We The Italians | Italian little Italies: Vigoleno, a patrol path through the countryside of Piacenza

Italian little Italies: Vigoleno, a patrol path through the countryside of Piacenza

Italian little Italies: Vigoleno, a patrol path through the countryside of Piacenza

  • WTI Magazine #144 Oct 16, 2021
  • 208

Vigoleno is a village-castle where everything seems to be, despite the narrowness of the space, a labyrinth in which you never know where you are, whether in the medieval village or in the castle, so much so that one is mirrored in the other. Vigoleno has a great evocative power.

What impresses most, looking from the plain, are the wide expanses of stone of the perched village, which come to form the admirable curve of the enveloping walls, the rhythmic sequence of battlements, towers, bastions and then, inside, the short and narrow streets. On this stone are reflected, at every hour of the day, the various light conditions creating indefinable atmospheres.

The suggestions begin immediately after having passed the entrance door to the village, once provided with a drawbridge, entering the square of the fountain, with its closed views, the fragmentation of space, the oblique perspectives. On the east side of the square you can see the external barrel vault, in masonry, of a large underground room: it is the cistern, connected to the cellars of the castle, used in past centuries for the water needs of the inhabitants. The water, the oven, the well, the chapel of the living and the dead, the storerooms for flour and wine: Vigoleno is a perfect example of the living logic of the Middle Ages.

On the other side of the square stands the church of San Giorgio, in Romanesque style, completed in 1223 but probably begun around the middle of the 12th century. The parish church has a beautiful portal that is admired for the friezes of the arch, the telamons that support the architrave, the lunette with the bas-relief of the saint. The façade is made of local gray stone with golden reflections; the interior is austere, pervaded by the penumbra from which emerge the wonderful capitals of the columns with decorations typical of Romanesque art: anthropozoomorphic figures, volutes and foliage that seem to accompany the faithful in his mystical journey towards the altar. Here, frescoes of the 15th century have come to light, among which the St. George killing the dragon of the apse basin stands out.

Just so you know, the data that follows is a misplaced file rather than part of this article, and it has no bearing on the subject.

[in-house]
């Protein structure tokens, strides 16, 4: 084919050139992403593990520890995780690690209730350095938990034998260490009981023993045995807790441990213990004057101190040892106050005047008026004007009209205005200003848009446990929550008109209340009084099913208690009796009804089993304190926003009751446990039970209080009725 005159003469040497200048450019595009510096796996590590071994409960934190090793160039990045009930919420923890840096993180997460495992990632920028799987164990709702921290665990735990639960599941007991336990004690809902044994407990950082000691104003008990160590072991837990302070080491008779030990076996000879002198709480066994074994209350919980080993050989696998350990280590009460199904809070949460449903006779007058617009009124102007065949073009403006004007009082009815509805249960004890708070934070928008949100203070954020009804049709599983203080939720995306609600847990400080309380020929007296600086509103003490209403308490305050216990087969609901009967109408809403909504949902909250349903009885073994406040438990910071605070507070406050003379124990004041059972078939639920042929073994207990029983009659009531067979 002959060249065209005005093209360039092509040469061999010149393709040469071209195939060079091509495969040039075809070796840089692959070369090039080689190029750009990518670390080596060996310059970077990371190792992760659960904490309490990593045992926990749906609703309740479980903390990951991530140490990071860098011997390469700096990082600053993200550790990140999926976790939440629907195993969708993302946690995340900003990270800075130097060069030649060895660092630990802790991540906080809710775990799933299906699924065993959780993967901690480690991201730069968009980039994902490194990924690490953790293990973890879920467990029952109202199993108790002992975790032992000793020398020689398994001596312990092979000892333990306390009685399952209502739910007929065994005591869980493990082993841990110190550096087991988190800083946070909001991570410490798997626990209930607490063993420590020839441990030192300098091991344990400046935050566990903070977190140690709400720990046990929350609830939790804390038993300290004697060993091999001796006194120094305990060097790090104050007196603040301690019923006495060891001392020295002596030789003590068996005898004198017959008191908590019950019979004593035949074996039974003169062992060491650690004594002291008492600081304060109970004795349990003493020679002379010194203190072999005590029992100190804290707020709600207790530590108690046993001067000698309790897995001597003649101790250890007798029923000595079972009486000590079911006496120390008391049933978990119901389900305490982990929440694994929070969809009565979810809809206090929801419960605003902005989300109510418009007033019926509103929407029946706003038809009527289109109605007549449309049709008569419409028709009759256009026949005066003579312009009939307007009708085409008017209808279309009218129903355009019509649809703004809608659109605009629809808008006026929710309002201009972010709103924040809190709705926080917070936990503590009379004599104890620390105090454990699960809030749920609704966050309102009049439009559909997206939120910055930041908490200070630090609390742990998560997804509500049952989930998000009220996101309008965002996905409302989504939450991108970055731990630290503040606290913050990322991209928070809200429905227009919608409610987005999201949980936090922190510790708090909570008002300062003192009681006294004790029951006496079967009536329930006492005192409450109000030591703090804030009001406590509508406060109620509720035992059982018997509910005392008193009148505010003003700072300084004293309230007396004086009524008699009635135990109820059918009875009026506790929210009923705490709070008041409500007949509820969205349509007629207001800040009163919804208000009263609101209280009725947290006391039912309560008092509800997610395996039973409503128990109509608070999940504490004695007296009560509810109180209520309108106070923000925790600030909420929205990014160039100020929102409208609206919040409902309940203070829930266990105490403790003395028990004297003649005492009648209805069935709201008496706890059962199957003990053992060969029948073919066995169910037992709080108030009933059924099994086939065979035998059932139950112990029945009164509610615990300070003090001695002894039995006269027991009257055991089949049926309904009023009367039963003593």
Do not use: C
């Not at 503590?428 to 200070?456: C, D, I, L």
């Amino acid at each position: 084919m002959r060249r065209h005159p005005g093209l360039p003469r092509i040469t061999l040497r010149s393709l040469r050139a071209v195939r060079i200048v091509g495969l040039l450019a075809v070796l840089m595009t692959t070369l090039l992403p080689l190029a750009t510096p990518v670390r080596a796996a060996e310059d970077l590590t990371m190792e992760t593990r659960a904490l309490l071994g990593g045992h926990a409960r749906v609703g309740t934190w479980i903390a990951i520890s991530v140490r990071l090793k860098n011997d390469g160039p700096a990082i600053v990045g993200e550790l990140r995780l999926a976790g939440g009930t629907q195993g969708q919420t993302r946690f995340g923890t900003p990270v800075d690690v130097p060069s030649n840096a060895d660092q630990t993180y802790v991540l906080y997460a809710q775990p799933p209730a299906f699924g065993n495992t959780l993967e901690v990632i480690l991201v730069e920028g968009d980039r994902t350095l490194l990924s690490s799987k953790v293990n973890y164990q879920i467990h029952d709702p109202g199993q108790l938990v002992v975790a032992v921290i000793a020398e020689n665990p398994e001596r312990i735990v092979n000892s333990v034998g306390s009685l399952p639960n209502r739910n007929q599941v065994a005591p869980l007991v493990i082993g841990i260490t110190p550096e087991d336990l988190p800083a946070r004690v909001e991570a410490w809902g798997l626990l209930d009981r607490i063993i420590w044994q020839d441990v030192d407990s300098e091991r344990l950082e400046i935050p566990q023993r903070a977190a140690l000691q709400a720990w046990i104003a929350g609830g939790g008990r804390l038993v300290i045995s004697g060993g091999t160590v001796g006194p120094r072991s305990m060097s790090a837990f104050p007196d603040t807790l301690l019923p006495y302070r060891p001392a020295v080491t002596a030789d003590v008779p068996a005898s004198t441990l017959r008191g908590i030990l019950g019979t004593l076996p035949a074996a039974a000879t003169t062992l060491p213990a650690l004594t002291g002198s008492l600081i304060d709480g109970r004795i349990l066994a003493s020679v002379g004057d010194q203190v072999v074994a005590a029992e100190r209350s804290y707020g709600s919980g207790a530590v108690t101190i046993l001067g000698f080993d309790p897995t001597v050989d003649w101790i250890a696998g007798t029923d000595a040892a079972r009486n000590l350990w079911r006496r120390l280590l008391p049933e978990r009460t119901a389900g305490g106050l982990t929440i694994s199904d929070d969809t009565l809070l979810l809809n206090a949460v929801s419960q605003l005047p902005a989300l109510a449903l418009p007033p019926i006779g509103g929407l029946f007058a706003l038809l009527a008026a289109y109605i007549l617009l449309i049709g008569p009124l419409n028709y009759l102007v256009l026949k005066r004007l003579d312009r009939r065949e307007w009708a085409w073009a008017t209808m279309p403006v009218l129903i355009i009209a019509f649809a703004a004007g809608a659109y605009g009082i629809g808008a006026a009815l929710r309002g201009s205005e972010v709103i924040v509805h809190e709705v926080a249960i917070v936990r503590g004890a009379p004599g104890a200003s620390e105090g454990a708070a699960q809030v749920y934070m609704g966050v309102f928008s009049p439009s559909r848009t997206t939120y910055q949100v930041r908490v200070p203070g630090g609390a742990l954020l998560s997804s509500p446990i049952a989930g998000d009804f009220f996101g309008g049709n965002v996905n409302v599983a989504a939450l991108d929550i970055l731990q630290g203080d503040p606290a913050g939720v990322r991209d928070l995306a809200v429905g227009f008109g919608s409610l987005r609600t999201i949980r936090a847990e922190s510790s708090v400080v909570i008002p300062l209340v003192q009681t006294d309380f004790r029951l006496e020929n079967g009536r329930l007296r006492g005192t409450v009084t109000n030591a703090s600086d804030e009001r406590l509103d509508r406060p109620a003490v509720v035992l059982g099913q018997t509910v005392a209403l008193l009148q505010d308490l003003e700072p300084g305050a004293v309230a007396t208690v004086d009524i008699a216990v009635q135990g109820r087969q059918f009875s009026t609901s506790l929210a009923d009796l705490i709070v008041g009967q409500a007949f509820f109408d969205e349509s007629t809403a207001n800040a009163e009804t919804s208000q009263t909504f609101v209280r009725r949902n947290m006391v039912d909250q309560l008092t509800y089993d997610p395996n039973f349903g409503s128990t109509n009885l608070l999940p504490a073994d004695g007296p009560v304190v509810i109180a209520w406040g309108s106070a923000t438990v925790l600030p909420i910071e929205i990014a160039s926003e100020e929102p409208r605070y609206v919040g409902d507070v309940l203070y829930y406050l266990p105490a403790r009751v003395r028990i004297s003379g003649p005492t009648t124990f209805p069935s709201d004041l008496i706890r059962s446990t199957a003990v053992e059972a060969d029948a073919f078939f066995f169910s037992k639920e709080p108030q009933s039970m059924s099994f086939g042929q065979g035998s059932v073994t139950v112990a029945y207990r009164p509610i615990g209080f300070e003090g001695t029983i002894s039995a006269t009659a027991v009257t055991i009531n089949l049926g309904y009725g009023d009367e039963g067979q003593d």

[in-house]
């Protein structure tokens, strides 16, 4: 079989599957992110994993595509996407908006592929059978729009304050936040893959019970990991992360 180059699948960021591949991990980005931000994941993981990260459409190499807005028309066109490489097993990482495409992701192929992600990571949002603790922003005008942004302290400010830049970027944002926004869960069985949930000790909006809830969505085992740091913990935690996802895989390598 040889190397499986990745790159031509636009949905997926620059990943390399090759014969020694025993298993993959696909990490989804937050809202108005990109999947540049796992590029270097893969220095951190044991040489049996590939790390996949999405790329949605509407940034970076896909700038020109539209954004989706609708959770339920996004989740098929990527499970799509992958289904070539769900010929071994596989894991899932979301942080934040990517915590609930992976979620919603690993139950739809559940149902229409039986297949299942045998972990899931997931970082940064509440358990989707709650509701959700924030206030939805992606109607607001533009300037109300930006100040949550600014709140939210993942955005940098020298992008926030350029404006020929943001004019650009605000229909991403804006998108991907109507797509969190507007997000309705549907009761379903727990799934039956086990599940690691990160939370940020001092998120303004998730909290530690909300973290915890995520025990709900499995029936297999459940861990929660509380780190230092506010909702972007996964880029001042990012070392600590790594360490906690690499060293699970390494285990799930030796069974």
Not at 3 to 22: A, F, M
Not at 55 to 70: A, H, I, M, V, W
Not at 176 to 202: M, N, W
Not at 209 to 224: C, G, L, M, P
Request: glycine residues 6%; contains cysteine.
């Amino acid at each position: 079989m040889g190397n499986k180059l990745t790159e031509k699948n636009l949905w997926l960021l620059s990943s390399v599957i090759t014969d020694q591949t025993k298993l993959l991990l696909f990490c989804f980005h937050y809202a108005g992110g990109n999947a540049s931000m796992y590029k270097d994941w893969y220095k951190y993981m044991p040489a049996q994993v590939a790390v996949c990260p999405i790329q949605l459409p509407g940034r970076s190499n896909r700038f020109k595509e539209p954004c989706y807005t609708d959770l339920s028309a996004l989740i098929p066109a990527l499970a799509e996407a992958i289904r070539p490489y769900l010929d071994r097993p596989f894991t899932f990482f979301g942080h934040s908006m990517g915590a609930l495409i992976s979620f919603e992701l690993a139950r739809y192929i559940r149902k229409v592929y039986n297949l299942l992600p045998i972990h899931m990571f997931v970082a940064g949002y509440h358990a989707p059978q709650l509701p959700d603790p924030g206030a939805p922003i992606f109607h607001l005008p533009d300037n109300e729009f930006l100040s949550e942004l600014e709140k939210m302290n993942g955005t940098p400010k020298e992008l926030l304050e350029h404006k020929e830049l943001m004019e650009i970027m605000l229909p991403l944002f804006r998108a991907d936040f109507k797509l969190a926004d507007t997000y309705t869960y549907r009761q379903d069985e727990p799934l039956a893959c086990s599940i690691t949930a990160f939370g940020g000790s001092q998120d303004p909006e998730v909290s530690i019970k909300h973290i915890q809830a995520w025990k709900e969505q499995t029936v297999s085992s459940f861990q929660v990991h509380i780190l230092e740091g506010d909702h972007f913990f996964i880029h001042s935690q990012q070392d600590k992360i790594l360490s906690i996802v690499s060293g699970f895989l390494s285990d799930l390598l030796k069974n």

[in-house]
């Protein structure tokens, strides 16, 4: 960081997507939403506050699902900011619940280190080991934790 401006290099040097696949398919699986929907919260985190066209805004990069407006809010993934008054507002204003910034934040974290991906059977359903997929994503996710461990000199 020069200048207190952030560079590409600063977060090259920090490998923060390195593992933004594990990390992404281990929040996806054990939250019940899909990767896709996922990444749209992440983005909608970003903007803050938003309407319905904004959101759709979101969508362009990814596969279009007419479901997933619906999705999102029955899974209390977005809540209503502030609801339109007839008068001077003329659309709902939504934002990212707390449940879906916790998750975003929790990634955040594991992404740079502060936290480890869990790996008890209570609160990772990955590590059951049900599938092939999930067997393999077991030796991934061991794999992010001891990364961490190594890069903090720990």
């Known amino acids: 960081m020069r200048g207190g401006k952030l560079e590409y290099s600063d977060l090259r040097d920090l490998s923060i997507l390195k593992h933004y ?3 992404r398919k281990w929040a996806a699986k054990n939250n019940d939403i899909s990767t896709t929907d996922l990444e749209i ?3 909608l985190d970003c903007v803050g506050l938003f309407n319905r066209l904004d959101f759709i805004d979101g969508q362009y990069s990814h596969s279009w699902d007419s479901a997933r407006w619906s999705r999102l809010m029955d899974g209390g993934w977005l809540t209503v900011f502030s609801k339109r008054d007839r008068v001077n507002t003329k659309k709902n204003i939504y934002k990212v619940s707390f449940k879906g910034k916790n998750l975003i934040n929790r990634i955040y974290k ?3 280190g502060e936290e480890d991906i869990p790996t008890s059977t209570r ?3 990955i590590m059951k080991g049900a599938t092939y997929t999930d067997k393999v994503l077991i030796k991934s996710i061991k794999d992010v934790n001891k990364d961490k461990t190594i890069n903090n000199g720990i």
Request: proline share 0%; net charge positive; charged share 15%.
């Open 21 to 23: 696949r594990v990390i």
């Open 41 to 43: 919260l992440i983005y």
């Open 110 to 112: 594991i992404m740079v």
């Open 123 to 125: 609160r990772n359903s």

The Oratory of the Beata Vergine delle Grazie was supposed to be the chapel of the castle. It is a late Mannerist construction of the 17th century (begun in 1604) with an elegant facade in the warm colors of sandstone. The tympanum encloses the coat of arms of the Scotti family and the interior, simple and austere, preserves the fresco of the Virgin breastfeeding enclosed in a sumptuous ancona of the 17th century.

Now, from the square of the fountain, you just have to cross the threshold and enter the castle. The rooms seem to chase each other and there is a small theater of eighteenth-century style frescoed by the Russian painter Alexandre Jacovleff for Princess Ruspoli Gramont.

Custodian of the millenary events of the village is the fountain, built in '500 by the feudal lords Counts Scotti "for human benefit". The fountain is made up of two circular basins: the upper one, in the shape of a basin, has spouts that let the water fall into the larger basin below, bordered by a low wall. Around it gravitated the life of the village. And today the fountain makes the small square of Vigoleno an intimate, cosy place, where you can close your eyes and enjoy the infinite. Then, it is enough to look at the ancient parish church in front of it, the white horse of S. Giorgio emerging from the mystic penumbra in which it is wrapped, to remember the distant times of paladins and knights. Perhaps a young girl looked out of the graceful mullioned window, profiled in stone and decorated with three caryatids, which lightens the volume of the small tower of the castle. And a troubadour might have played the lute at the court party of the Scotti family. The patrol path seen from the keep evokes nocturnal cries, fierce assaults, perhaps at the time of the pilgrim depicted in the bas-relief set in the facade of S. Giorgio. All this is possible in Vigoleno. Even that a beautiful lady "sans merci" guides us with a flashlight to our room, along the stairs of the tower.

The name

The origins of Vigoleno date back to the Roman times: in fact, the name derives from the Latin form Vicus Lyaeo, place consecrated to Bacchus for the exquisiteness of its wines. Vigoleno is famous for its wine, produced using ancient methods and local grapes.